|Kaffir lime zest|
Add your own recipe notes
You must be a member to use this feature
- 150 g pork neck meat (สันคอหมู) or
- 150 g shrimp (กุ้ง) cleaned and sliced
- shrimp tomalley (มันกุ้ง)
- 1/2 cup coconut cream (หัวกะทิ)
- 4 pieces kaffir lime leaves (ใบมะกรูด) hand-torn
For the curry paste:
- 7 pieces dried 'bang-chang' red long chili (พริกบางช้างแห้ง) de-seeded and rehydrated
- 1 teaspoon sea salt (เกลือทะเล)
- 1 tablespoon lemongrass (ตะไคร้) thinly sliced
- 1/2 tablespoons galangal (ข่า) thinly sliced
- 1/4 tablespoon Thai garlic (กระเทียมไทย) thinly sliced
- 1/3 tablespoon shallots (หอมแดง) thinly sliced
- 1/4 tablespoon fermented shrimp paste (kapi)(กะปิย่างไฟ) grilled
- 1 part fish sauce (น้ำปลา)
- 1/2 part palm sugar (น้ำตาลมะพร้าว)
- kaffir lime leaves (ใบมะกรูด) sliced into hair-thin juliennes
Prepare the shrimp and pork:
- Peel and de-vein the shrimp and cut them into small bite-size pieces. Wash the sliced shrimp meat; pat dry.
- Squeeze the shrimp tomalley from the heads. Using a fork, beat it. Set aside.
- Slice the pork into thin slices equal in size to the shrimp.
Prepare the curry paste:
- An overview of the curry paste ingredients.
- De-seed and rehydrate the dried chilies.
- In a mortar and pestle, pound the chilies with salt into a fine paste.
- Gradually add the other ingredients, from the driest to the wet. Pound the paste until it is smooth with a rounded aroma.
- Remove the chuu chee curry paste and set it aside. Wash the mortar and pestle with about one cup of plain water and reserve the liquids.
Cook the chuu chee:
- In a brass wok, heat the coconut cream until it thickens and oil appears.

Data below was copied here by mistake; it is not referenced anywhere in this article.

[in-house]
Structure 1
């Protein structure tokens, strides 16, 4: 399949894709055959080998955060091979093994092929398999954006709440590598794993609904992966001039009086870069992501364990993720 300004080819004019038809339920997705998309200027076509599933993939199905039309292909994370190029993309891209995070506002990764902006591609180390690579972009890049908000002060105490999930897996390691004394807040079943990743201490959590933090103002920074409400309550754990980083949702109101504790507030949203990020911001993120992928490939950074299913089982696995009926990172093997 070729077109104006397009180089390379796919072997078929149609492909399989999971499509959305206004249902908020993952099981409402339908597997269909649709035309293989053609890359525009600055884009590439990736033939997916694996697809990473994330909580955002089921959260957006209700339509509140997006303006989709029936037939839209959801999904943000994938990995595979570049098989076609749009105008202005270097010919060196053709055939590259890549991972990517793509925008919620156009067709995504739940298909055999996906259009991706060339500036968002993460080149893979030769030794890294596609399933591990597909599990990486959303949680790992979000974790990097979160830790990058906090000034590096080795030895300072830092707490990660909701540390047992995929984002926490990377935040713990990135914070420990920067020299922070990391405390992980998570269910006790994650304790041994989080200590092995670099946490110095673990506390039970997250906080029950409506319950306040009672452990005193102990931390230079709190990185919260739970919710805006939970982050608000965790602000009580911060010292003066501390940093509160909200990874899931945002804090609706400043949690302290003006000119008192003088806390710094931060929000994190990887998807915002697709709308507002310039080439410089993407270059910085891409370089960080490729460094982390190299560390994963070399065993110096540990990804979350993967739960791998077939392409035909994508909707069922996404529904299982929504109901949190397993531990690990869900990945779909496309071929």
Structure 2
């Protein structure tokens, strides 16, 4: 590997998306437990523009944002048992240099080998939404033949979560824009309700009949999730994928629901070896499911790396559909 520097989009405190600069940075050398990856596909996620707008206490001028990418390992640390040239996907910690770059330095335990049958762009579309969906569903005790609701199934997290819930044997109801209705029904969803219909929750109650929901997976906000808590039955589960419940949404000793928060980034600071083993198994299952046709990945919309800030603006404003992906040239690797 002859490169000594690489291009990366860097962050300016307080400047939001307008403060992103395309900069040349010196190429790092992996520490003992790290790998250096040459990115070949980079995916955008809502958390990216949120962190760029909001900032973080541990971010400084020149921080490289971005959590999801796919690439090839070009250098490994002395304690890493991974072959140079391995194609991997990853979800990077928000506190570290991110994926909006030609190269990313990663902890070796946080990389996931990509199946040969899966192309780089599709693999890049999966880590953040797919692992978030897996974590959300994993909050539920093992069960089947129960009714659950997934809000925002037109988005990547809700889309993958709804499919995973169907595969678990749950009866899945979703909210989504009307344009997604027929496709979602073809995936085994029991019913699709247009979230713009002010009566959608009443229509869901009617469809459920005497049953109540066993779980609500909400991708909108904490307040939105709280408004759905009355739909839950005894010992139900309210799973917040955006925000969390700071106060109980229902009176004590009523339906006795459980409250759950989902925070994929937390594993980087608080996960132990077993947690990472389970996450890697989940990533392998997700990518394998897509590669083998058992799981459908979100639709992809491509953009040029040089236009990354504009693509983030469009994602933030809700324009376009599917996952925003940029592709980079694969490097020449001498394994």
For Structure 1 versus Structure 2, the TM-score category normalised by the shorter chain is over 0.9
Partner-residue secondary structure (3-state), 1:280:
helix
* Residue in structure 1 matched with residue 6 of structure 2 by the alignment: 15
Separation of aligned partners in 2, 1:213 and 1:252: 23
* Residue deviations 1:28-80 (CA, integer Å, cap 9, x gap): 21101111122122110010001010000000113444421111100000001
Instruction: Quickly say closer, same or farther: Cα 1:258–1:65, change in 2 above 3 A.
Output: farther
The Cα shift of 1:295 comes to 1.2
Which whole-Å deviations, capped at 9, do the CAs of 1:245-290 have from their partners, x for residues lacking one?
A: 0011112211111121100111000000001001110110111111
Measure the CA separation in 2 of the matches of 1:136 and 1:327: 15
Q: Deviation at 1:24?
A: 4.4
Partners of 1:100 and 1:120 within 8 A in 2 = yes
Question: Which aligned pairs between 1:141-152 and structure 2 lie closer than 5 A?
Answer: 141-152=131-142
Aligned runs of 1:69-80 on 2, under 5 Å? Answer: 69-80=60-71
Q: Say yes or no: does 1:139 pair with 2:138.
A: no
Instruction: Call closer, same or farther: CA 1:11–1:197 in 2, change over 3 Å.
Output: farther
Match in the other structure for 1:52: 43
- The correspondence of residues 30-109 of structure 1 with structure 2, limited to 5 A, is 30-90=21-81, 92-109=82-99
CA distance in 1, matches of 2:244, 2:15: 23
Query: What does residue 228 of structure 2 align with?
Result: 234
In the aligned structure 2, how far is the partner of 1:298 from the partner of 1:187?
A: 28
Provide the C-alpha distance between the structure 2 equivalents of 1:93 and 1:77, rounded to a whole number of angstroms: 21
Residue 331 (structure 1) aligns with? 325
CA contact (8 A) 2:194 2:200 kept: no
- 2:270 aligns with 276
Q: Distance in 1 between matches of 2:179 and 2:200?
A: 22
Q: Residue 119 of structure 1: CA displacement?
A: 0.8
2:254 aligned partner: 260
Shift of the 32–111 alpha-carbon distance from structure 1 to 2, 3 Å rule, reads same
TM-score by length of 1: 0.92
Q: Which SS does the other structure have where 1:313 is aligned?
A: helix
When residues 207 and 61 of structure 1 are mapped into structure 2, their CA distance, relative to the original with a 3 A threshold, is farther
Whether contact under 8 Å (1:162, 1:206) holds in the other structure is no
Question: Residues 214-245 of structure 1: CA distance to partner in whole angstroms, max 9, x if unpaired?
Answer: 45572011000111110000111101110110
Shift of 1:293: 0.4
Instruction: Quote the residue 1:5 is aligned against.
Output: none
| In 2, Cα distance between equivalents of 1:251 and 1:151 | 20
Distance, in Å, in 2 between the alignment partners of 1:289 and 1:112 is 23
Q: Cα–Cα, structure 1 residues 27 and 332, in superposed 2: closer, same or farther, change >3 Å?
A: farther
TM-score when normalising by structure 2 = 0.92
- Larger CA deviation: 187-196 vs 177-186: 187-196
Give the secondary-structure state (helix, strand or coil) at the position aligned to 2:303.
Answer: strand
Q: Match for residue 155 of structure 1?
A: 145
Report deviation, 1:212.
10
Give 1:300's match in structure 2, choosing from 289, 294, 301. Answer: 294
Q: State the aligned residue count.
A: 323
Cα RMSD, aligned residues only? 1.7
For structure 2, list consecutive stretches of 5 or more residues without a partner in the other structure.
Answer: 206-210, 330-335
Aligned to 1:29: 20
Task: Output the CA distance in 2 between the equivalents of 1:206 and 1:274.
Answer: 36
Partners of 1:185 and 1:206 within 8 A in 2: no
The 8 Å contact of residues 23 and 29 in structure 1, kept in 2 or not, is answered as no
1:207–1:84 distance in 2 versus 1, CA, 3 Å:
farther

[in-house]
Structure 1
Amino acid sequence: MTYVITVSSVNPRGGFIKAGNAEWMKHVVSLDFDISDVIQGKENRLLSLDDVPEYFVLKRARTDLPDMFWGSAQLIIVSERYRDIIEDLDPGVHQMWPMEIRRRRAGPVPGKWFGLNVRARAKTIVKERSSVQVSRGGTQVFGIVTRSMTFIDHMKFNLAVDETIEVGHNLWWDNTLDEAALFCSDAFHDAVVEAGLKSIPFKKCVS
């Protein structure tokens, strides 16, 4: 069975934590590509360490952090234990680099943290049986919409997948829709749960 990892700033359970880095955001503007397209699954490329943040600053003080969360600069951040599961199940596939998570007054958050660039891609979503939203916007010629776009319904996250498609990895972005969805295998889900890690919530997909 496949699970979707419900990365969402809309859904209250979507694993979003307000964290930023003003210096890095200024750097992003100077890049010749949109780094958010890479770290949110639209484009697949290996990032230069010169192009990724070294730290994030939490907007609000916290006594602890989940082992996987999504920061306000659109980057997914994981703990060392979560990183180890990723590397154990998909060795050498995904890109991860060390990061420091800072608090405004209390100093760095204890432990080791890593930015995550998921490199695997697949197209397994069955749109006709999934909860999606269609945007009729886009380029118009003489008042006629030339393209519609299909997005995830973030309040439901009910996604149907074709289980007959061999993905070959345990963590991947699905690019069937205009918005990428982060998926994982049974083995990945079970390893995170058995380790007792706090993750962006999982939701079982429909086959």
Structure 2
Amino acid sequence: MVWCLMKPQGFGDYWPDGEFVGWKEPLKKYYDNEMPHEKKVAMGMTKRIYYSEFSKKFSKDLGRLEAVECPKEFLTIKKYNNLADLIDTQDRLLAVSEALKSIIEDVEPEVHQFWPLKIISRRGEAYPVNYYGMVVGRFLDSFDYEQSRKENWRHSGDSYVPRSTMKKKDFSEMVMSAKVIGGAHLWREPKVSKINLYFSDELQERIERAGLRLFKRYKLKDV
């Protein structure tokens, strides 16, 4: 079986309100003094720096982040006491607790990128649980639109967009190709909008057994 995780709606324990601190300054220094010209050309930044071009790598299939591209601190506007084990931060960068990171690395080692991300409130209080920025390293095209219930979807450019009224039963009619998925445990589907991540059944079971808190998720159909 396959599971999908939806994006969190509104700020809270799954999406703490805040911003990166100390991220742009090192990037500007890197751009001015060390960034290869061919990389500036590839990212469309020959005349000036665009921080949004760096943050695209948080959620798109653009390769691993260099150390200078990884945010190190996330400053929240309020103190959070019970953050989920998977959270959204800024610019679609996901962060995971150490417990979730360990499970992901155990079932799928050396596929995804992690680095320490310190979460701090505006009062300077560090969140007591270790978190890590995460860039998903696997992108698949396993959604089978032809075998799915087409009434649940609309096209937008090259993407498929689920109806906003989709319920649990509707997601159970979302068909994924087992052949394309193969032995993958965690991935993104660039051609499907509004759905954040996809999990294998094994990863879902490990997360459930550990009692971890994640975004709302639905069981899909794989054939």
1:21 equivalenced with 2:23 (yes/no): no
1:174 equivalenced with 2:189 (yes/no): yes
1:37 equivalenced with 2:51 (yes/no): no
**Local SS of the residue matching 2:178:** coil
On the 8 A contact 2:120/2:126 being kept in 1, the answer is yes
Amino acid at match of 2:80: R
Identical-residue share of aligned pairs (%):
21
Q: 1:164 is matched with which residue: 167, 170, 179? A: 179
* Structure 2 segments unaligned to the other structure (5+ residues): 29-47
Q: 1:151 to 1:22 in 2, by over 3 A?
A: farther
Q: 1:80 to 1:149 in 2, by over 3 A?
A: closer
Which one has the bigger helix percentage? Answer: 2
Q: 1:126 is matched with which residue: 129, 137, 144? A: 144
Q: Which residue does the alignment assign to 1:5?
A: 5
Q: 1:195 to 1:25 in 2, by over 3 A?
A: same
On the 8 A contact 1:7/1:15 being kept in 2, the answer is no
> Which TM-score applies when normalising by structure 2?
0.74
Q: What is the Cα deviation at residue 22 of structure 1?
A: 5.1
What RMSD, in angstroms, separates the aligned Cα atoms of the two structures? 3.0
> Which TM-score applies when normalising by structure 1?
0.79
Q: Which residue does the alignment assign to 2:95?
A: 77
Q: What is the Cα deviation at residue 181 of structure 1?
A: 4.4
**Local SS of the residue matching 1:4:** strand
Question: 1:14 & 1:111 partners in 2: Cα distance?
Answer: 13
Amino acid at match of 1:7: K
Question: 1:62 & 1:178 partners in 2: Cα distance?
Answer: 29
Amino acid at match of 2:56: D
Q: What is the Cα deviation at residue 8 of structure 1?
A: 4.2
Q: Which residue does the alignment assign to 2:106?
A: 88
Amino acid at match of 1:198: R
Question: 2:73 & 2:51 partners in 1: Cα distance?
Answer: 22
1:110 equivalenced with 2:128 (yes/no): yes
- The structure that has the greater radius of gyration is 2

- When the paste is cooked and loses its rawness, add the pork meat.
- Add the shrimp and continue frying until the pork and shrimp are thoroughly cooked.
- Stop the frying with the liquids collected from cleaning the pestle and mortar.
- Start by seasoning the salty element using fish sauce.
- When you are satisfied with the saltiness, add palm sugar at the ratio indicated.
Adding the shrimp tomalley:
- When the meats are cooked and well-seasoned, lower the heat and pour the tomalley on top of the mixture.
- Cover and allow the steam to cook the tomalley.
Get Access – Join Thaifoodmaster Today
Practical and kitchen-tested recipes with a mix of theory, history, psychology, and Siamese culture tidbits.
Access to Thaifoodmaster’s constantly growing library of prime professional classes, articles, recipes and videos on Siamese culinary topics, available nowhere else in English.
Gain access to NEW MONTHLY masterclasses as they become available.
1-1 support from Hanuman to help you achieve your professional Thai culinary goals
The opportunity to join a monthly live two-hour videoconference where I can answer your questions.
one year access for the price of 3 days in-person training.
You will get everything you need to:
When you design or build a new menu for an event or restaurant or even prepare for dinner with friends.
Master your Thai cooking skills and expand your repertoire.